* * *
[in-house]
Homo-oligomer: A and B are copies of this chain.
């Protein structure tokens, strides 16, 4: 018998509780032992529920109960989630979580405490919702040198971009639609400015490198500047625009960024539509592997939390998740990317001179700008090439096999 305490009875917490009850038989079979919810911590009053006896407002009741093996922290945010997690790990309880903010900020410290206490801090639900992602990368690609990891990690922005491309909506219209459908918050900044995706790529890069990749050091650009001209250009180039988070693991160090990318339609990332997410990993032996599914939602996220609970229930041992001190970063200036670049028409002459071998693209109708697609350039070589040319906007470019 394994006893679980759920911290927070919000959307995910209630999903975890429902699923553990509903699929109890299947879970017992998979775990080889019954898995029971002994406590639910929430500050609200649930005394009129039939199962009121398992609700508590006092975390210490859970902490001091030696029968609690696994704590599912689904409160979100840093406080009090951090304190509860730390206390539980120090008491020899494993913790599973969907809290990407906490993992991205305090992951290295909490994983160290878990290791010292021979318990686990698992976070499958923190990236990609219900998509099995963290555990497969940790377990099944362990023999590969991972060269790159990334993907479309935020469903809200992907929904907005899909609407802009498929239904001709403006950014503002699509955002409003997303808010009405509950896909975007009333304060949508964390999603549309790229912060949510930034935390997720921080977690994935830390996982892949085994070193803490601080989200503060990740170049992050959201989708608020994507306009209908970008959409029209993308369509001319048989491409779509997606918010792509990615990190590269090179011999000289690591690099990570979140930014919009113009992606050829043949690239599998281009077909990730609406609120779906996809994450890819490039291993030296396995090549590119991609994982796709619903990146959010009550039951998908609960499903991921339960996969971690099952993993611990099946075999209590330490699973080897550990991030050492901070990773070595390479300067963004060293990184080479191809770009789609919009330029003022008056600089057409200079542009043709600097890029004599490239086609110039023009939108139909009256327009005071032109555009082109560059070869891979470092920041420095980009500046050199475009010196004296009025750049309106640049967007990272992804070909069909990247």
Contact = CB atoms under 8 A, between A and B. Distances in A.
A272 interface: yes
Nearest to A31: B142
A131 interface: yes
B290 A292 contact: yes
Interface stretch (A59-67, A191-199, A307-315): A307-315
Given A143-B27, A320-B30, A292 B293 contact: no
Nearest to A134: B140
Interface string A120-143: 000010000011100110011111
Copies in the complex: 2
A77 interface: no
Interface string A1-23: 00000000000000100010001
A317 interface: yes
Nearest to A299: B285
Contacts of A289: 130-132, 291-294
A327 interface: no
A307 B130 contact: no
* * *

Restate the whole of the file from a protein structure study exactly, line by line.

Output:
[in-house]
Homo-oligomer: A and B are copies of this chain.
């Protein structure tokens, strides 16, 4: 018998509780032992529920109960989630979580405490919702040198971009639609400015490198500047625009960024539509592997939390998740990317001179700008090439096999 305490009875917490009850038989079979919810911590009053006896407002009741093996922290945010997690790990309880903010900020410290206490801090639900992602990368690609990891990690922005491309909506219209459908918050900044995706790529890069990749050091650009001209250009180039988070693991160090990318339609990332997410990993032996599914939602996220609970229930041992001190970063200036670049028409002459071998693209109708697609350039070589040319906007470019 394994006893679980759920911290927070919000959307995910209630999903975890429902699923553990509903699929109890299947879970017992998979775990080889019954898995029971002994406590639910929430500050609200649930005394009129039939199962009121398992609700508590006092975390210490859970902490001091030696029968609690696994704590599912689904409160979100840093406080009090951090304190509860730390206390539980120090008491020899494993913790599973969907809290990407906490993992991205305090992951290295909490994983160290878990290791010292021979318990686990698992976070499958923190990236990609219900998509099995963290555990497969940790377990099944362990023999590969991972060269790159990334993907479309935020469903809200992907929904907005899909609407802009498929239904001709403006950014503002699509955002409003997303808010009405509950896909975007009333304060949508964390999603549309790229912060949510930034935390997720921080977690994935830390996982892949085994070193803490601080989200503060990740170049992050959201989708608020994507306009209908970008959409029209993308369509001319048989491409779509997606918010792509990615990190590269090179011999000289690591690099990570979140930014919009113009992606050829043949690239599998281009077909990730609406609120779906996809994450890819490039291993030296396995090549590119991609994982796709619903990146959010009550039951998908609960499903991921339960996969971690099952993993611990099946075999209590330490699973080897550990991030050492901070990773070595390479300067963004060293990184080479191809770009789609919009330029003022008056600089057409200079542009043709600097890029004599490239086609110039023009939108139909009256327009005071032109555009082109560059070869891979470092920041420095980009500046050199475009010196004296009025750049309106640049967007990272992804070909069909990247």
Contact = CB atoms under 8 A, between A and B. Distances in A.
A272 interface: yes
Nearest to A31: B142
A131 interface: yes
B290 A292 contact: yes
Interface stretch (A59-67, A191-199, A307-315): A307-315
Given A143-B27, A320-B30, A292 B293 contact: no
Nearest to A134: B140
Interface string A120-143: 000010000011100110011111
Copies in the complex: 2
A77 interface: no
Interface string A1-23: 00000000000000100010001
A317 interface: yes
Nearest to A299: B285
Contacts of A289: 130-132, 291-294
A327 interface: no
A307 B130 contact: no